Magic wand bomb detector deemed fraudulent, inventor imprisoned

Next Story

Turkey: The land that embraced Facebook, FriendFeed and startups

iraqRemember back a few months when news broke about a little device that claimed to detect different sorts of bombs? The ones that the Iraqi government spent $85 million on over the last few years even though American military commanders and the FBI stated that they simply don’t work. Well, as we all assumed, the ADE-651 is a sham. It’s just a dirty racket. Good thing that the British government finally caught on, banned the device and threw the inventor in jail. (He’s out on bail as of writing)

It seems that the heart of the device is ID badge-sized cards that are supposed to be used for detecting different items. There are different cards for everything from TNT, plastique, to even money and elephants. However, as the Cambridge Computer Laboratory found out, these cards contain nothing more than a dumb RFID tag. Seriously, watch the BBC investigation video after the jump.

ADE-651-278x300The device is supposed to work on the same principle of finding water with a stick, dowsing. The scary thing is that this was never hid from the Iraqi government who purchased thousands of them at a cost of $40,000 per unit. The damn things aren’t even powered. It’s just a radio controlled car antenna on a hinge connected to a plastic grip with a wire leading to a RFID card reader. Who knows if the card reader even did anything.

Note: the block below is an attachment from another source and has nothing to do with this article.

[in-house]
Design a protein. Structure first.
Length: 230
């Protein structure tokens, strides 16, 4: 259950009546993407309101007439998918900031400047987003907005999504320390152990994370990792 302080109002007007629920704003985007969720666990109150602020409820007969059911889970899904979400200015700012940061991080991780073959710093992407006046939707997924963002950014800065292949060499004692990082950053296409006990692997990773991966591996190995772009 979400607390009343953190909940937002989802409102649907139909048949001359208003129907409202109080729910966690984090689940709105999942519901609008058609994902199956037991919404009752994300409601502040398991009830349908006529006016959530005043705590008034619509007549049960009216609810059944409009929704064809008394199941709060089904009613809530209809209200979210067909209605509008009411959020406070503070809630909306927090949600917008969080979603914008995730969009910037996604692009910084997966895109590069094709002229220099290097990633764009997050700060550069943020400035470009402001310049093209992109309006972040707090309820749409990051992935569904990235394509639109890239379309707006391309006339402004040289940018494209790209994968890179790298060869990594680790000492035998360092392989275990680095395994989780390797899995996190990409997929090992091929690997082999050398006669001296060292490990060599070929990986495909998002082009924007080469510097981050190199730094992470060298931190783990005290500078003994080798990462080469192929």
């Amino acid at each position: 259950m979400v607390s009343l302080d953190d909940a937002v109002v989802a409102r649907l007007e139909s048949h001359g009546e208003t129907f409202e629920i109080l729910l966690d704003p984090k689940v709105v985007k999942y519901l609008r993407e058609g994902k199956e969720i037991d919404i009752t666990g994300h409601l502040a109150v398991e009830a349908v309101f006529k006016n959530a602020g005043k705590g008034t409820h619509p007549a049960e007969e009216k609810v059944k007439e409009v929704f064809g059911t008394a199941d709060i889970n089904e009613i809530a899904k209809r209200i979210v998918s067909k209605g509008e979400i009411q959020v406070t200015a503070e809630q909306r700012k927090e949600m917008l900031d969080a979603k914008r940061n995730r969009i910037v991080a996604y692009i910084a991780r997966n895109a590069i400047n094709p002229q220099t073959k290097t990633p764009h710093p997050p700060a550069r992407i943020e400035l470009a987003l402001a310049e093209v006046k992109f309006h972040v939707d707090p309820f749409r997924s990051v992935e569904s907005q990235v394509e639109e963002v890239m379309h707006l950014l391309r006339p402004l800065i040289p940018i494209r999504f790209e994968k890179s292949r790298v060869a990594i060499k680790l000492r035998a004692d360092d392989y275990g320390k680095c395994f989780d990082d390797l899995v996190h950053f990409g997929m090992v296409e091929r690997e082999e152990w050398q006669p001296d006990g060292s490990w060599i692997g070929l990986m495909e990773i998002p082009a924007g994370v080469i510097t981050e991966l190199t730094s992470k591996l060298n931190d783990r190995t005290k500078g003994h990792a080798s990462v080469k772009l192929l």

Jim McCormick as quoted by the TimesOnline,

“We have been dealing with doubters for 10 years. One of the problems we have is that the machine does look a little primitive. We are working on a new model that has flashing lights.”

The ADE-651 isn’t McCormick’s first unit. Randi.org states that he has sold $85 mil worth of the devices over the past 10 years. Interestingly enough, James Randi previously offered up a $1,000,000 purse to whoever proves that dowsing actually finds anything. McCormick never took the test.

An export ban on the ADE-651 and similar devices start next week in Britain. McCormick was arrested on suspicion of fraud by misrepresentation but later released on bail. Who knows what will happen to him and his company, ATSC. But even if the courts take him down, five more companies will likely spring up around the globe and take up his cause of scamming governments while putting people at risk.

blog comments powered by Disqus